Confidential and Private Computing using ORAM and TEE
Yeongjin Jang is an assistant professor of Computer Science at Oregon State University. He hacks a variety of computer systems, from iPhone and CPUs to systems with new technologies such as IoT devices, Blockchain, and automobiles, for analyzing emerging cyber threats on those systems and develop defense mechanisms to counter them.
He holds a B.S. degree from KAIST (2010), an M.S. (2016), and a Ph.D. degree (2017) from Georgia Tech, and won twice in DEF CON CTF (2015 and 2018).
Cloud computing runtimes are unprotected. Unlike data in transit and at rest, which are protected by network/disk encryption, runtime data on DRAM remain unencrypted. Because physical machines are owned by the cloud operator (e.g., AWS), such runtime data are transparently visible to their administrators or attackers who break into the cloud server. This inherent trust problem of ‘outsourced’ cloud computing prohibits the use of cloud in critical operations such as processing confidential data (e.g., government/defense), applying machine learning on medical data (e.g., federated learning), etc.
Many existing approaches to solving this problem are either incomplete or impractical. Trusted execution environments (TEEs), such as Intel SGX and AMD SEV, are fast, however, those techniques are not resistant to side-channel or memory access inference attacks. Fully homomorphic encryption (FHE) and secure multiparty computation (MPC) can provide cryptographic security, however, they are extremely slow to run general computations in the cloud.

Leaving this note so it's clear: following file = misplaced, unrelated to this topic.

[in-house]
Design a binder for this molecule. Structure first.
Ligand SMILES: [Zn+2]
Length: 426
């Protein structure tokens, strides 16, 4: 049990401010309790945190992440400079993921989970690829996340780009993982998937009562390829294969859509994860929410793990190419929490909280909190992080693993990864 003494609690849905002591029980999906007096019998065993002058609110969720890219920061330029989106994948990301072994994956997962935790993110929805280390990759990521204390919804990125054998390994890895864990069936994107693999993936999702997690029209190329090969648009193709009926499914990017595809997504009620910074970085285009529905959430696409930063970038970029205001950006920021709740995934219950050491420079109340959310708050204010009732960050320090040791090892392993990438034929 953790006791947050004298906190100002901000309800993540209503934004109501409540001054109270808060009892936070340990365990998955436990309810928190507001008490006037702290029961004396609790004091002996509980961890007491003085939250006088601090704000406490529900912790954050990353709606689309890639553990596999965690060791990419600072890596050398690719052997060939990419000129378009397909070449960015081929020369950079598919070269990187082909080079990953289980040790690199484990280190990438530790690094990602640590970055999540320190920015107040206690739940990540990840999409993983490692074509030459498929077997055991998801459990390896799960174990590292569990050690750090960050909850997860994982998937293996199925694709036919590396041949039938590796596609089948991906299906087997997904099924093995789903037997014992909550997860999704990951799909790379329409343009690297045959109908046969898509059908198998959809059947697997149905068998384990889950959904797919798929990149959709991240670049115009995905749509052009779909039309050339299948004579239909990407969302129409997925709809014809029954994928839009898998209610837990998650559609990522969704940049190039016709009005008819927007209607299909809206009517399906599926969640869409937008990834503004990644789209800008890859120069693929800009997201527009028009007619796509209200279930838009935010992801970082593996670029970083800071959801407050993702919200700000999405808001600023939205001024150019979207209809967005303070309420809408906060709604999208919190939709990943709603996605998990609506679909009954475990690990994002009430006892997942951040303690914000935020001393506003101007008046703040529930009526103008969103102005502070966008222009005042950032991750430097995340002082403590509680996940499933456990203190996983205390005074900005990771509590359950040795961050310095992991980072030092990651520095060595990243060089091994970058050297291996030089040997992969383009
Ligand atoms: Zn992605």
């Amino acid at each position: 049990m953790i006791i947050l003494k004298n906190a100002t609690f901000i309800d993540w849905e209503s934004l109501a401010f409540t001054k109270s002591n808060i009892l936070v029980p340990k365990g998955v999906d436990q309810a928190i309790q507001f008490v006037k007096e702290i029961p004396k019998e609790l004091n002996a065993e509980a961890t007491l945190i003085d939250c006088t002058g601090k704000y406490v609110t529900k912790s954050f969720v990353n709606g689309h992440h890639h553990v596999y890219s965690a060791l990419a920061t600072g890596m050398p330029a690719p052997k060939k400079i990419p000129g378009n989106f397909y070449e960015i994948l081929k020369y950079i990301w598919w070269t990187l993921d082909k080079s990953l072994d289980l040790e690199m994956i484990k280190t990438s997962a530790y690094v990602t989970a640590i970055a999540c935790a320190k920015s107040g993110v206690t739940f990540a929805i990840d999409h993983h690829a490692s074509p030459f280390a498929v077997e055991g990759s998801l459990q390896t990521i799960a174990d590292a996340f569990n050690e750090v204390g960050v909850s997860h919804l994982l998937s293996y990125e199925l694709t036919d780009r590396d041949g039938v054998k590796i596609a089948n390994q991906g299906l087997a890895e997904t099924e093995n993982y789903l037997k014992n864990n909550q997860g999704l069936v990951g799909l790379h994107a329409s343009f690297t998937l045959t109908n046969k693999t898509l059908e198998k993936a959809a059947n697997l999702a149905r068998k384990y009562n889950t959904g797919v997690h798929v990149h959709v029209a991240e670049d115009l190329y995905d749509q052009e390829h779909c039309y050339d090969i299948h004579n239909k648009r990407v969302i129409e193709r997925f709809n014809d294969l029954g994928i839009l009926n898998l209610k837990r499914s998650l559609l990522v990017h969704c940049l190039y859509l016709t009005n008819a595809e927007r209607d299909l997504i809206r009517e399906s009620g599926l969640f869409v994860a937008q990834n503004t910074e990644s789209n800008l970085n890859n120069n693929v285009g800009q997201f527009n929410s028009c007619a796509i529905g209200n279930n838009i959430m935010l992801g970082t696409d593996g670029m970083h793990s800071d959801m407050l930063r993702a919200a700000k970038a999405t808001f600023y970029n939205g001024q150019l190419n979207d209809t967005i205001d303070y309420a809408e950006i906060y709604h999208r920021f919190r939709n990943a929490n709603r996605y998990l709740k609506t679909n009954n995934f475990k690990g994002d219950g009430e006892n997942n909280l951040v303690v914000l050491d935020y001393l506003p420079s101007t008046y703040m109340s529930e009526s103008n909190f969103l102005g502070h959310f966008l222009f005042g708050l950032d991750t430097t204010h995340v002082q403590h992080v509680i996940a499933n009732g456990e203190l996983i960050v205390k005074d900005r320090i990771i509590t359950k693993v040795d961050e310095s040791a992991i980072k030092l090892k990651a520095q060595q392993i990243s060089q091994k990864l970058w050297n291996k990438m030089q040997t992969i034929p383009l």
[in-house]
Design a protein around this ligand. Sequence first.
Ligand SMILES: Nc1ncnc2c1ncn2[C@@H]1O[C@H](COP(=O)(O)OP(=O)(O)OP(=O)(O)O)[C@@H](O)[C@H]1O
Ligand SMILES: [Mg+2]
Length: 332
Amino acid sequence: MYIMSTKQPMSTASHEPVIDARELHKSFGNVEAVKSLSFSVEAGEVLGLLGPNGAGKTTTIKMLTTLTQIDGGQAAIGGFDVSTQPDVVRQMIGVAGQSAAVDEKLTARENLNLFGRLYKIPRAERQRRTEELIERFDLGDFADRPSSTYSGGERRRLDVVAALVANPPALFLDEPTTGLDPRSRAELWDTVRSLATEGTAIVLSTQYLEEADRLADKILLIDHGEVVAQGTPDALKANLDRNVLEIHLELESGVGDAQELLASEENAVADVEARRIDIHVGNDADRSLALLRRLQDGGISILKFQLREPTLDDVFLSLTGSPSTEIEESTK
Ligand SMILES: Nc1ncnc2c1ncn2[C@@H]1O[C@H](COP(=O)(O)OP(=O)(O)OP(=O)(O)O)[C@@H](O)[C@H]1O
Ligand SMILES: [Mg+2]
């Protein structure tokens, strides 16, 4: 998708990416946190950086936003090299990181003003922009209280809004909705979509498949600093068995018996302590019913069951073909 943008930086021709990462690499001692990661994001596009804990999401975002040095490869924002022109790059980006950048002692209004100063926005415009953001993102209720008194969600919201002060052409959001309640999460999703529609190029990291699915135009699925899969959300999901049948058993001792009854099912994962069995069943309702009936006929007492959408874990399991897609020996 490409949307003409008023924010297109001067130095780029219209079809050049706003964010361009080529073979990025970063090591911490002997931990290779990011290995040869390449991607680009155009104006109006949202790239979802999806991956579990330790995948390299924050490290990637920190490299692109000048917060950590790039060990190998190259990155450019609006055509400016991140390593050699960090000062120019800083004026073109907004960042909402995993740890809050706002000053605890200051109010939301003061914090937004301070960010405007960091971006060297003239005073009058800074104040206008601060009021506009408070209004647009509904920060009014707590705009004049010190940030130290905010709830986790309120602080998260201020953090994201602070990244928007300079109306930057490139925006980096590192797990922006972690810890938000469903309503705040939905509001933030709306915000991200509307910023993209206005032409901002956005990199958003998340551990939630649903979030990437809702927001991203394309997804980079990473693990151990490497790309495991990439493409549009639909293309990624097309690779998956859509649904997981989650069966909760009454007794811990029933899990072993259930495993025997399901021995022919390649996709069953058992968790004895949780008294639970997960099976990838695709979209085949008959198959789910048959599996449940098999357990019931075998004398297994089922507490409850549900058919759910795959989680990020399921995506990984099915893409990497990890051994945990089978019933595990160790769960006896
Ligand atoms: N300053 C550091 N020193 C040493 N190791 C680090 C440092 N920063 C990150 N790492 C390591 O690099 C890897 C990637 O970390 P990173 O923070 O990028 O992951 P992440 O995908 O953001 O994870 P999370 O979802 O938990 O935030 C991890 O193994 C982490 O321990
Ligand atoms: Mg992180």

This talk introduces a hybrid construction of Trusted Execution Environment (TEE, e.g., Intel SGX) and Oblivious Random Access Machine (ORAM) as a practical solution for securely outsourcing computation in the cloud. Essentially, each technique complements each other in this hybrid construction. Intel SGX, which is fast but not resistant to attacks against memory access patterns, can be protected by ORAM, which is proven to be resistant to such attacks. ORAM, which is secure but much slower than the regular execution, can be speeded up by running its protocol in Intel SGX enclaves. The talk begins with a brief history of SGX+ORAM constructions, presents technical details and recent performance improvements, and ends with demonstrating potential application usages.
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